Once your document is complete, saving it in the QuadiSpace format dramatically reduces the file size. For instance, a Presenter Pro file that contained a simple 60KB SolidWorks model was only 3KB. When I added a second page and imported a 200KB Inventor assembly, the file size increased by only 30KB. This is due to the compression schemes that Presenter Pro uses, which is also the reason why files take a little longer to import than expected. For instance, the 200KB assembly took more than 20 seconds on my 1.8 GHz laptop.

Adding image files starts to dramatically increase the file size. This is understandable to some extent because JPEG files are already compressed, but importing a 290KB JPEG increased the Presenter Pro file size by almost twice that amount. In addition, clicking on a model or image on a Presenter Pro page and hitting delete doesn’t entirely remove it. You have to go to the program’s Overview Tab (like a mini-browser) and remove it there by right-clicking on it and selecting Delete.

QuadriSpace includes a viewer application which is used to open the documents created in Presenter Pro. The viewer offers some nice capabilities, including the ability to interact (pan, rotate, etc) with models and images placed inside the documents, as long as the user who created the Presenter Pro file set it up that way. What seems to be missing is a markup tool that allows the person viewing a presentation to make notes on it.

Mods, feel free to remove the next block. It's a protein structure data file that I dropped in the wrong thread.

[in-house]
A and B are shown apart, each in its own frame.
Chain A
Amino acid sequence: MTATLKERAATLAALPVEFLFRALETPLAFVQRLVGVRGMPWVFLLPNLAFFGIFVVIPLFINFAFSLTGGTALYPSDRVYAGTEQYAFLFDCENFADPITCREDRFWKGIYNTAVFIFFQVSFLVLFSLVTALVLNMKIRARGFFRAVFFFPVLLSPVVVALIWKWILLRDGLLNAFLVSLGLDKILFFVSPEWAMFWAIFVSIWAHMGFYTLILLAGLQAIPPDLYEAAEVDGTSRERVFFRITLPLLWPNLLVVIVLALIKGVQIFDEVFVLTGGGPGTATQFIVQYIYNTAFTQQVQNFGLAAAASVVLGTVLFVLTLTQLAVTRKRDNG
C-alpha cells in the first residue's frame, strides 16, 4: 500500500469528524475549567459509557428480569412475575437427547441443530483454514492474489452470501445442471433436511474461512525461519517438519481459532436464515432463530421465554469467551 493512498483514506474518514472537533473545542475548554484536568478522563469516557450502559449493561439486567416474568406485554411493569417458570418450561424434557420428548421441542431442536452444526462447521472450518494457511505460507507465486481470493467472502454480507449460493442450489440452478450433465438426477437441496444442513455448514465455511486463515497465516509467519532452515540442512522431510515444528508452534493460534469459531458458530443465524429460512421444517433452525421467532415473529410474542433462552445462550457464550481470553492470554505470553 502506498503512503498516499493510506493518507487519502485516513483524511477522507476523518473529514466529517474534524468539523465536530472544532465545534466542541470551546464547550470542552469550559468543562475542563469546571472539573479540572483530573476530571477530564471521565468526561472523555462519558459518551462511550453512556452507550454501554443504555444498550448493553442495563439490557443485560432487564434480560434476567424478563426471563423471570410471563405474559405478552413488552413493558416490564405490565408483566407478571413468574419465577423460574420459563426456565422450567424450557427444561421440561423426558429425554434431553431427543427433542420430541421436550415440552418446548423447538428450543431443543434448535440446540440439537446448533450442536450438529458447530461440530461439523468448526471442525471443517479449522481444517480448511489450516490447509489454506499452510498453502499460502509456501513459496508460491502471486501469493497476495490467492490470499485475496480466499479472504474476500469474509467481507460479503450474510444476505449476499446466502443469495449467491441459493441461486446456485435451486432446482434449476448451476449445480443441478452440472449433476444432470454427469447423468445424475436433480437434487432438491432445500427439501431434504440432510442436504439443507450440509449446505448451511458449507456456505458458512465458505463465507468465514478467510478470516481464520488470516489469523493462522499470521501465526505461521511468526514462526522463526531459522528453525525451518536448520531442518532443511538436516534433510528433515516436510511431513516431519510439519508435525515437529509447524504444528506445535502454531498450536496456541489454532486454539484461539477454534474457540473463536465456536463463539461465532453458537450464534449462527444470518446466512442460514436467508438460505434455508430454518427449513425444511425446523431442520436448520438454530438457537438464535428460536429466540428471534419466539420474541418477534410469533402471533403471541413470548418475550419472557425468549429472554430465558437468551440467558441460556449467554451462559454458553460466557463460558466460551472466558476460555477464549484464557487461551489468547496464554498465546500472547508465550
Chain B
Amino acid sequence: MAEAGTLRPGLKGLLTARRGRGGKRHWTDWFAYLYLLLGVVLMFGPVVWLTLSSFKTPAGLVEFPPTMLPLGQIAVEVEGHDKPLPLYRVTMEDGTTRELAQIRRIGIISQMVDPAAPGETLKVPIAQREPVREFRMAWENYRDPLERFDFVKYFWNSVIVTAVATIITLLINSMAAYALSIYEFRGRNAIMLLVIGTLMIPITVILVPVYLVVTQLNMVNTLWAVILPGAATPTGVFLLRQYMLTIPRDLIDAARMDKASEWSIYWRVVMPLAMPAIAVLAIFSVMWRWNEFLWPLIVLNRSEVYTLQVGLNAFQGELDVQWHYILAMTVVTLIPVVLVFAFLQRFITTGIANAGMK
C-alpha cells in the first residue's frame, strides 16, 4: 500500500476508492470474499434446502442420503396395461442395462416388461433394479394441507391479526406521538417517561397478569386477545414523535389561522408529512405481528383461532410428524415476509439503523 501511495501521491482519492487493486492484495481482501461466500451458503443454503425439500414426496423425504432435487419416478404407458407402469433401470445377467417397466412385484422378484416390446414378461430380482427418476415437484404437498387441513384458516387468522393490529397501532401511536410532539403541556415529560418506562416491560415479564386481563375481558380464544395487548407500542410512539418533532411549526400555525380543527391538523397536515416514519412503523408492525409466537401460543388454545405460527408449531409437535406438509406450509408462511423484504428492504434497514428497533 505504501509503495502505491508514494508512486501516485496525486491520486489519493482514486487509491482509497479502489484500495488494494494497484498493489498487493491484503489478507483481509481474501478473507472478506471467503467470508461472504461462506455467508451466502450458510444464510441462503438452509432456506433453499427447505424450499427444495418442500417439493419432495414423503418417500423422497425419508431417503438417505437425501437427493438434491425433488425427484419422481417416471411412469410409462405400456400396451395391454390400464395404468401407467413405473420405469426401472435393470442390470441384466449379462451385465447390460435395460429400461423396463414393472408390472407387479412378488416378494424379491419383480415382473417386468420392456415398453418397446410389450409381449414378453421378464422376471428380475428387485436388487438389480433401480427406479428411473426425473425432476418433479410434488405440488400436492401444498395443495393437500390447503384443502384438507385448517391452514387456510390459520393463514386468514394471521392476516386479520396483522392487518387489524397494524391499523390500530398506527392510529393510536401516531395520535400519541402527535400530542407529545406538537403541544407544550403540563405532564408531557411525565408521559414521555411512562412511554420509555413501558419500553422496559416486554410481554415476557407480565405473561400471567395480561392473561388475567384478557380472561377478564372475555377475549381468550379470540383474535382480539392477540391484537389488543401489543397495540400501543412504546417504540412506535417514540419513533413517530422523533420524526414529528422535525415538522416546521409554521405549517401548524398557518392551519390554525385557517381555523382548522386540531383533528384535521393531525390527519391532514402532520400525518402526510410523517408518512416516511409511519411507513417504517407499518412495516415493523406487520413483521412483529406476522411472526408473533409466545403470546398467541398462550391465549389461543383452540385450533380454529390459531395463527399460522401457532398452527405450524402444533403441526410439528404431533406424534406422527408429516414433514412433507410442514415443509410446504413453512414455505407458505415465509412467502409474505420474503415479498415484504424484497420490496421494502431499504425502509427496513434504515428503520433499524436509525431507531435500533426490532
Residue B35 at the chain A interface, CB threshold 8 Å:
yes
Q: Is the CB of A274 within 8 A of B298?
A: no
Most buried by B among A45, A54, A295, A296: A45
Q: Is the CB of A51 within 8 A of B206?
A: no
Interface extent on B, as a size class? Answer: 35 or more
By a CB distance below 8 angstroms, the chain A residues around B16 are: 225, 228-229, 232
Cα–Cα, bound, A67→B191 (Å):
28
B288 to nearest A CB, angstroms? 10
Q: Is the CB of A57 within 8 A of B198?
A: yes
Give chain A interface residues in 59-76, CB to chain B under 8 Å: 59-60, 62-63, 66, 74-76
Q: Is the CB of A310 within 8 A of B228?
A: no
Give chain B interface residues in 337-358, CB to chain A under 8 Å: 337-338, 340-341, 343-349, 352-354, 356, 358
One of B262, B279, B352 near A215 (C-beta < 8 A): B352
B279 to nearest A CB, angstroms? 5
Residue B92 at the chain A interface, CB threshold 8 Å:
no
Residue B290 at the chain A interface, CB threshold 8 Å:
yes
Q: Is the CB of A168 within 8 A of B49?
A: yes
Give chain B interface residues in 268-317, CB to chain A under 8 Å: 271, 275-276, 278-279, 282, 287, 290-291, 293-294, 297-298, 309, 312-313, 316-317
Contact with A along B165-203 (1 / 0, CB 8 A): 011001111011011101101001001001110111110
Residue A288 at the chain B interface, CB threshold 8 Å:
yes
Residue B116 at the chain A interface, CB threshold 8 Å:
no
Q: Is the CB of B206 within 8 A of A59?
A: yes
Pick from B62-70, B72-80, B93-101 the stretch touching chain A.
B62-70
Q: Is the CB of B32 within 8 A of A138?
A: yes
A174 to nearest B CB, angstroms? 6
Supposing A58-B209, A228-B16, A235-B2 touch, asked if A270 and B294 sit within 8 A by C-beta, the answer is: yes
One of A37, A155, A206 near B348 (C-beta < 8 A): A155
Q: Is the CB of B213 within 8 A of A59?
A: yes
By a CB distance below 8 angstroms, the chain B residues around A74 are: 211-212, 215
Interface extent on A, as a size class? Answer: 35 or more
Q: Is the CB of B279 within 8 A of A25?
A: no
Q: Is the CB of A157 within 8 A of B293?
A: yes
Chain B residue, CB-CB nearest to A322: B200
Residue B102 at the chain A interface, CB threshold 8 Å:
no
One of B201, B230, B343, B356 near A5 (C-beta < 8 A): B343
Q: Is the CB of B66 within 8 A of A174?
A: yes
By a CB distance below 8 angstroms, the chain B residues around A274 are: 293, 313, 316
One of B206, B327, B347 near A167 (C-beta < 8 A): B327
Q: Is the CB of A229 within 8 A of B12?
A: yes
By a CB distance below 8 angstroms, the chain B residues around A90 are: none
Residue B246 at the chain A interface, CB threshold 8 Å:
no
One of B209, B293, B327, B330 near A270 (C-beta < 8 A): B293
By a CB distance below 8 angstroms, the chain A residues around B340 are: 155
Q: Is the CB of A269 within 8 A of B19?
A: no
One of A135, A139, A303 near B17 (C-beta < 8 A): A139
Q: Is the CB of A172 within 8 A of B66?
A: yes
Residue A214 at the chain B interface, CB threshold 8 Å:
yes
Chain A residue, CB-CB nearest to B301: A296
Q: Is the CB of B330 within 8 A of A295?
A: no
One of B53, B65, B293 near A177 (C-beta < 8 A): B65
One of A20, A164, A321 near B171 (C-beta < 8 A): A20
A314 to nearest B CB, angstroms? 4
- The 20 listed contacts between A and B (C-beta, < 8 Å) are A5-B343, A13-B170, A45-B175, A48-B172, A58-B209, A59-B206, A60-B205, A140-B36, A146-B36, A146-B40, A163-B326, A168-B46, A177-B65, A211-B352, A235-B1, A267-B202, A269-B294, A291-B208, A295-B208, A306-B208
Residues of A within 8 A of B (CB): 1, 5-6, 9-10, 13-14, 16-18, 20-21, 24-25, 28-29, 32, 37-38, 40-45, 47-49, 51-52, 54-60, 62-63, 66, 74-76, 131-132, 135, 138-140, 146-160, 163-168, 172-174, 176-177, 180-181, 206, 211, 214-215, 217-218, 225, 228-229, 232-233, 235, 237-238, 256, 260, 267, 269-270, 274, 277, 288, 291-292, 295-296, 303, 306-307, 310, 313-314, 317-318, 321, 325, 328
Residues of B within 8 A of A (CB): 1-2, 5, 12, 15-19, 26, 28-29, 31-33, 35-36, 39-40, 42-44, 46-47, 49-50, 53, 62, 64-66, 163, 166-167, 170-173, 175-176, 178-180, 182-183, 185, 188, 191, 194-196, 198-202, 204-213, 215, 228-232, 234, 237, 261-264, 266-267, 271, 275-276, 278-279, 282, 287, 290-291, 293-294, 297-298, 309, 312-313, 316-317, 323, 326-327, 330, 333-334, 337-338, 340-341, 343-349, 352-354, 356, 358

I was able to get through most of the program without using Help, although sometimes it was tough. Tool tips, better visual cues, and more informative prompts would help a lot.

While I have not yet used similar products from companies like Lattice3D, what I saw from QuadiSpace was fairly impressive. Though the user interface is a bit unpolished and some features are lacking, Presenter Pro can be a great help if used to its full capabilities. At $2,495, it is a bit pricy, especially when you consider that some of what it does can be handled by free or inexpensive tools such as eDrawings, Adobe Acrobat, and products from Autodesk. So if you simply need to present or document a design, Presenter Pro may be overkill. However, those other products don’t offer the powerful tools needed to create something like an interactive instruction guide.